How much of your life is spent trying to avoid any unease at all? Might it be more sustainable to create a self that can tolerate more of the typical unease of daily life—traffic (big one!), the failings of other people, your own negative self-talk, the limitations of your power or influence?

When we were born, we didn’t get a certificate that said there would be no pain in this life. Instead, we were given a body and a nervous system designed to be resilient in the face of challenge. Perhaps if we can practice healthy experiments in increasing the edge of our tolerance, like jumping into cold water, walking barefoot once in a while, holding a yoga pose a little longer, or meditating, which brings us to a quiet space of observing our quicksilver mind and our fussy body, we can find comfort in our ability to accept discomfort. (Up to a point, of course. Always take care of yourself when things are painful in a way that feels destructive.)

Think of yoga as a tool for creating an environment in which we can practice becoming more adaptable and flexible (in all ways) within the grand scheme of life.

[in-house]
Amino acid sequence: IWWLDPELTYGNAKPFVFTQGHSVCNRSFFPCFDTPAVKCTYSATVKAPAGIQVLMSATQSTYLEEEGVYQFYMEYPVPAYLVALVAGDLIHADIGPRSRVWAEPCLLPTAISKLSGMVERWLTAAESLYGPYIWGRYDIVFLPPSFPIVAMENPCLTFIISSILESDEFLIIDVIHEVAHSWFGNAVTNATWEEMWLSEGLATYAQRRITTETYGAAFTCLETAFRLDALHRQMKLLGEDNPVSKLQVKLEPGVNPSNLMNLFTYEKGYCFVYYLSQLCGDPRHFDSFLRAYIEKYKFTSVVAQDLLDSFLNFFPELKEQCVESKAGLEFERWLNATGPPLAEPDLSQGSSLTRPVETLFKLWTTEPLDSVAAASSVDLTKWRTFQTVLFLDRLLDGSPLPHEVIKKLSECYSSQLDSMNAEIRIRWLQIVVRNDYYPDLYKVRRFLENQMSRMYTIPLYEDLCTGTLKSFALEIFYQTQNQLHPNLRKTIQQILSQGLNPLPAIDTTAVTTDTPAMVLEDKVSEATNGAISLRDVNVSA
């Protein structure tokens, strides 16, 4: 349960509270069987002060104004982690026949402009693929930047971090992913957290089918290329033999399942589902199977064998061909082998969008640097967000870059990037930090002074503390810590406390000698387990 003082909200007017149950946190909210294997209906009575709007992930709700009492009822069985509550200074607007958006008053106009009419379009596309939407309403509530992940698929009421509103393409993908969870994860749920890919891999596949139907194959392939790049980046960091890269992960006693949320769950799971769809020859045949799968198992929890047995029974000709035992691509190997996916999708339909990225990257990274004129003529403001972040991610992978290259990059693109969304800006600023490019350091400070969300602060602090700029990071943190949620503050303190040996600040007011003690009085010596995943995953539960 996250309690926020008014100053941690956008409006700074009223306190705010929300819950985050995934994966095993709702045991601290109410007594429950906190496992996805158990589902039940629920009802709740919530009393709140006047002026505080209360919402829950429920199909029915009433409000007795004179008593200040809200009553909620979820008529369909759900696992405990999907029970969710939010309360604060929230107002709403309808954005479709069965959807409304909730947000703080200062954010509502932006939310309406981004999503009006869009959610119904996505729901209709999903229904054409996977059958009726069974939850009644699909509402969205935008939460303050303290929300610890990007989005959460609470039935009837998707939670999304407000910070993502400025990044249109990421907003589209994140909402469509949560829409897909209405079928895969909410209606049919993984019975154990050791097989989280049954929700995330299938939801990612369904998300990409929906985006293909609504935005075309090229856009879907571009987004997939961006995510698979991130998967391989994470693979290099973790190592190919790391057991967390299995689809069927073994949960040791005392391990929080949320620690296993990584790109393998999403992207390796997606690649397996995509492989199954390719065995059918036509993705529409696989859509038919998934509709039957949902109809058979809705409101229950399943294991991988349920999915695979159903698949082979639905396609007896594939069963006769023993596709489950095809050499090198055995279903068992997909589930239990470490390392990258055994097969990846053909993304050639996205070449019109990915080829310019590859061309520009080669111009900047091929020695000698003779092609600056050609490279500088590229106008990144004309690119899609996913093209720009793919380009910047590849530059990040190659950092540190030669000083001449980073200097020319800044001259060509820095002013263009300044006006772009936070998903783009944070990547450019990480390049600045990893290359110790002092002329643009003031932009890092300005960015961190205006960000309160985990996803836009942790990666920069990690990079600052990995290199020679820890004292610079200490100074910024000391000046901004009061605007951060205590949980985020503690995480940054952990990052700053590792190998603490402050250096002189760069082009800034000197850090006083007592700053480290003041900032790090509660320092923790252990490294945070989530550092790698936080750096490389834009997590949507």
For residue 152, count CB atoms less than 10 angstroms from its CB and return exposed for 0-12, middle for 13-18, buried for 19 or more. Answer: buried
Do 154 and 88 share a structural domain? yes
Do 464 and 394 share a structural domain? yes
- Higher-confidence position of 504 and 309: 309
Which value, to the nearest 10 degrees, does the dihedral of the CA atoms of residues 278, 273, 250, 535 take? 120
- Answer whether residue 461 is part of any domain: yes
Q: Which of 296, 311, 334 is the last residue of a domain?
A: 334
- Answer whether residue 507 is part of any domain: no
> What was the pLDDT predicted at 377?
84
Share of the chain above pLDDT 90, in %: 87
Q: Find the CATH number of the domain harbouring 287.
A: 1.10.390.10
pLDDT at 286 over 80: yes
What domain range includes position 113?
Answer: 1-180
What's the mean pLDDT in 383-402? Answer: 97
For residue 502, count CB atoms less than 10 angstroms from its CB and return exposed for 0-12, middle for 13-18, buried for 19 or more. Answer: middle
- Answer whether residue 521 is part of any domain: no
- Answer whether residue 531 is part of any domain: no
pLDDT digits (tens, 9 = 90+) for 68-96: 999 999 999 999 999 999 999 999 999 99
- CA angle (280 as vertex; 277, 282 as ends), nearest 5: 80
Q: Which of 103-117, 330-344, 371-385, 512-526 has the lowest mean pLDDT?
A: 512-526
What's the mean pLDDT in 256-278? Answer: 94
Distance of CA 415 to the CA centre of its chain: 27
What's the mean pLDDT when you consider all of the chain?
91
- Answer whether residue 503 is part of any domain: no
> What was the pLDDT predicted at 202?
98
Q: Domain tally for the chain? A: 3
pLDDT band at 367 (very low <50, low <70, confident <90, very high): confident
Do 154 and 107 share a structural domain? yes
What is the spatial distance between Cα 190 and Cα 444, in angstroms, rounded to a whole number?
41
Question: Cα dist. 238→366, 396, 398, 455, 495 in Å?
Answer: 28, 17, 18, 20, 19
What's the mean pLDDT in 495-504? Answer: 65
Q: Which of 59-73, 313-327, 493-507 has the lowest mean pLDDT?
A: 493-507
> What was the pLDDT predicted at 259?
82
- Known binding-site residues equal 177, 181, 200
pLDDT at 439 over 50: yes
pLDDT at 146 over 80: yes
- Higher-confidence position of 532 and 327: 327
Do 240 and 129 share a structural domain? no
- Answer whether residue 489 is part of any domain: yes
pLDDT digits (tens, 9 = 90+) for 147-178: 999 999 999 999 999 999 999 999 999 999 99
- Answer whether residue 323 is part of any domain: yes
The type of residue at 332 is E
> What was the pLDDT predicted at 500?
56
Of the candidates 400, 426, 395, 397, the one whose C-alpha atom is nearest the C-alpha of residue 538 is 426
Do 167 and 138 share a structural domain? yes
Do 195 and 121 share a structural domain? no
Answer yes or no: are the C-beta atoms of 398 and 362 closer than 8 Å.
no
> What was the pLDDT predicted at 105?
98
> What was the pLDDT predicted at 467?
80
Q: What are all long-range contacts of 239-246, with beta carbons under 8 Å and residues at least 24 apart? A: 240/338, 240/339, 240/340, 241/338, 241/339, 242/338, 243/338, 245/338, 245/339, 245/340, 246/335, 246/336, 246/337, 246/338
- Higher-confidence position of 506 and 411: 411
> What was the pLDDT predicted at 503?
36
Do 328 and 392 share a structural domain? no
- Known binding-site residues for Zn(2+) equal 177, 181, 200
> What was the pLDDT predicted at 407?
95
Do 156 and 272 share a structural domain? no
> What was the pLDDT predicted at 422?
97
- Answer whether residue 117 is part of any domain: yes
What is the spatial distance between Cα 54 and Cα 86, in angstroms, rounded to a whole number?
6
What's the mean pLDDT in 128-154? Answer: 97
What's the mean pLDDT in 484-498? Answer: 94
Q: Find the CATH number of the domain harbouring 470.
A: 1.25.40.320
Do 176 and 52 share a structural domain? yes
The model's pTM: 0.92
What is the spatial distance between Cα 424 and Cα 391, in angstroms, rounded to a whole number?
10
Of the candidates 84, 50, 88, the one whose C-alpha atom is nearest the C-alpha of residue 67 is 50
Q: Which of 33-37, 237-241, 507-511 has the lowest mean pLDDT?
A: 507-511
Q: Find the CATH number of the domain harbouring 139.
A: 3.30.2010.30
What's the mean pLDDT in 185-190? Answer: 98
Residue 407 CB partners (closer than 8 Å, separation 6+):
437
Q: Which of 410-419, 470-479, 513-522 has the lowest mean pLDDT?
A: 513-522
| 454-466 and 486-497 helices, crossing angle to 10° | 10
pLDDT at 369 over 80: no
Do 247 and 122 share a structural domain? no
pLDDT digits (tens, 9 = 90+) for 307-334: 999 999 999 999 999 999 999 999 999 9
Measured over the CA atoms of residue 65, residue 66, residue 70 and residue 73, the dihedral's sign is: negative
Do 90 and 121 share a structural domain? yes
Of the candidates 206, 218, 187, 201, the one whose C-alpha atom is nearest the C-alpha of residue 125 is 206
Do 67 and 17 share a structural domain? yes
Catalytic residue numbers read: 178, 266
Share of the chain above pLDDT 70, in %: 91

Don't Seize the Day

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When I was a kid, some teacher or adult taught me this rhyme: “Good, better, best. Never let it rest. Until your good is better, and your better best.”

So the indoctrination into striving and accomplishment, and not accepting anything less than the very best effort and the very best outcome, starts early. Jumping up out of bed, getting right to work, being productive, are all considered markers of a balanced approach to life. Of course the opposite, staying in bed until noon and sleepwalking through the day, isn't optimal either. Somewhere in the middle is a life that honors the rhythms of nature. 

We are creatures of the earth. We are made of clay and water. As I write this, it is winter, a few weeks before the Solstice. It is dark by 5:00pm and the sun traverses the sky in a low arc all day long, a weak winter light. The rhythm of the natural forces around us are all reminding us to hibernate, to withdraw, to rest, to dream, to wait. Can you hear them? Can you follow their example?

This doesn’t mean don’t go to work, don’t follow your calling. It means to do so with one ear tuned to the quiet voice of discernment, which will tell you when to say yes, when to say no. No can be a lovely word when it defends what you hold as sacred.

Let the day come to you, walk a half breath behind, look around at the different shapes of leaves, the moving art that is the clouds. It is possible to “hurry slowly,” when you are required to accelerate to the speed of industry and power. Your contribution to the easing of some of the anxiety of this world could be the quiet calm of your presence as you allow the day to embrace you in its own infinite variety and changeability. Open palms, open heart, nothing seized, nothing grabbed.